“Summertime, and the livin’ is easy.”  Ella Fitzgerald.  Though I love Ella, I don’t think she understood summertime in an autism household.  Like many kids on the spectrum, Boo loves his routine, he loves going to school.  He would go to school 365 days a year if he could.  Few things make him happier than seeing the big yellow bus pull up at our curb.  Yet, there are those pesky summers to deal with.  So, how does one cope?  Often through trial and error.

The summer Boo was 5 I had him scheduled in every activity known to man, and some only to women.  He had music therapy, horseback riding, swimming, friendship groups, the list went on and on. For a while he was happy and engaged, then he began to wear out.  He was less eager to set out every day. By August, both he and I were flat out exhausted.  I had to remind himself that he was only 5 years old and that that he was a child first and on the spectrum second.  All kids need down time, even kids that prefer to have their days highly structured.

So, what does this summer look like?  Well, it is still taking shape.  His last day of school is June 9.  He has the following week off, but his PCAs that are eager to hang out with him.  He turns 15 on June 18, and ESY (extended school year) begins the following Monday and runs for 4 weeks, 5 hours a day.  ESY is less intense than the regular school year.  IEP goals are worked on but there is time for fun things, too.  Students at his school go swimming, on field trips, spend lots of time outdoors and generally have a lot of fun.  After he gets home in the afternoons, his PCAs will take him out into the community.  In July, he has softball practice for Special Olympics one or two evenings a week.  The first week in August, he goes to Camp Hand in Hand, a wonderful sleep away camp, designed for kids and teens on the spectrum.  He went last summer for the first time and had the time of his life.  I had never been away from him for more than a day in 14 years, but he took his counselor’s hand and walked away with her without a backward glance.  During the week he showed no signs of homesickness at all.  He swam, boated (which he loved) rode horses and adaptive bicycles, walked for miles, had cookouts, listened to lots of music and in general, had a blast.  Without a doubt, it was the high point of his summer.  I am eager for him to have a repeat experience this year.  After camp, we still have about a month before the start of school.  During this time, I will follow his lead.  If he wants to go out, we will go out.  If he wants to hang out on his swing and listen to his ipod, then we can do that.  He adores his PCAs and they give him a break from being stuck with mom all the time.  He loves to walk to Jimmy Johns, Subway and the local ice cream shop.  He also just loves to go for walks and see what is going on in his world.  I completely understand this.  I have been a marathon runner since the age of 14.  I am not terribly fast, but I just love the feeling of movement and being out and about, running the streets and the trails, watching flowers come up, seeing the sun rise and set,depending on the time of day that I am out.  Ravi does not seem interested in running, but he can easily walk 8-10 miles in an afternoon.  For both of us, running and walking seems to help our ever present wanderlust.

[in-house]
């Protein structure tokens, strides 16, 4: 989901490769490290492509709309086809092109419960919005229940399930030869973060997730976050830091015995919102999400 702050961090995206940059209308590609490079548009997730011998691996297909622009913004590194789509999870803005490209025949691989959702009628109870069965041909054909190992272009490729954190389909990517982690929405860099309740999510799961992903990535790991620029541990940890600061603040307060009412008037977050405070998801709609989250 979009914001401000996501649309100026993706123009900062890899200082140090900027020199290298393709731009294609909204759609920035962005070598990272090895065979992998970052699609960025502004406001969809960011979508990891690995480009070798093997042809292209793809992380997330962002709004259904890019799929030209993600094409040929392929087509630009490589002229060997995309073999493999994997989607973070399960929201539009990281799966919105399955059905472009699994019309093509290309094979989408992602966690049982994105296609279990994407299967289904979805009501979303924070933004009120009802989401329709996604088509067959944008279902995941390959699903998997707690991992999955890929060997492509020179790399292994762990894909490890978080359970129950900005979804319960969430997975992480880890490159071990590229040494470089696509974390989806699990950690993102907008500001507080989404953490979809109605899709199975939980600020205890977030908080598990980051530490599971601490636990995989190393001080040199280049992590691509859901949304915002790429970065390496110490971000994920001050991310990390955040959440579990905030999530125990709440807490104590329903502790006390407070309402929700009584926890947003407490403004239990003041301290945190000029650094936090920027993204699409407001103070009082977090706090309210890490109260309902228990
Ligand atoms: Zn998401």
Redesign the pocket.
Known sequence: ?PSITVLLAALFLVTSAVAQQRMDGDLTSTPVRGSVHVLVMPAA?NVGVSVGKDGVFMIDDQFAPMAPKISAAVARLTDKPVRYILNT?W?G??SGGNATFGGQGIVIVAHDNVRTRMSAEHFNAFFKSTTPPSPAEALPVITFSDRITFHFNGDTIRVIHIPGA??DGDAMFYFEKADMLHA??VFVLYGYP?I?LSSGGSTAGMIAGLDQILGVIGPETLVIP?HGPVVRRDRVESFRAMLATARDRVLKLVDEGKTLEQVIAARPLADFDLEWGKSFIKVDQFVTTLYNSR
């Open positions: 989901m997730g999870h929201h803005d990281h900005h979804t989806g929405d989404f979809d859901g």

So, how do you keep your sanity during the summer? Let’s face it, though we love them to pieces, our kids are a lot of work and need 24/7 supervision.  Ravi must be watched like a hawk or he will just wander off.  I would advise some structure, for the sake of all concerned.  If your child has ESY or some sort of class or social group, that is great.  See if there are local camps or Special Olympics in your area.  If you need an extra pair of hands, ask around at your church or synagogue; often you may find some very responsible late high school  or early college teens that would be more than happy to help out.  If you have PCA services, by all means, use them.  Summers should be about creating good memories; lazy morning sleeping in or lounging with mom, cool evening where your child can chase fireflies.  Though I often feel that everything should be a learning opportunity, this is not what Ravi wants.  He wants to be a teen.  He wants to sleep late, eat me out of house and home and lounge around.  He also likes to be out and about, but he, like all of us, needs his down time.

I am curious to hear what activities other people do during the summer.  I have both over scheduled and under scheduled my child, with interesting results.  This summer I am going to let him take the lead.  There will be some constants in the schedule, so he knows what to expect, but there will also be plenty of time for him just to be a teen.  Everyone deserves that, whether they are on the spectrum or not.

Author: snort262

I am a wife, mom, long distance runner and fierce autism advocate. My background is in education. Currently, I am a nanny, a tutor, and an autism consultant.

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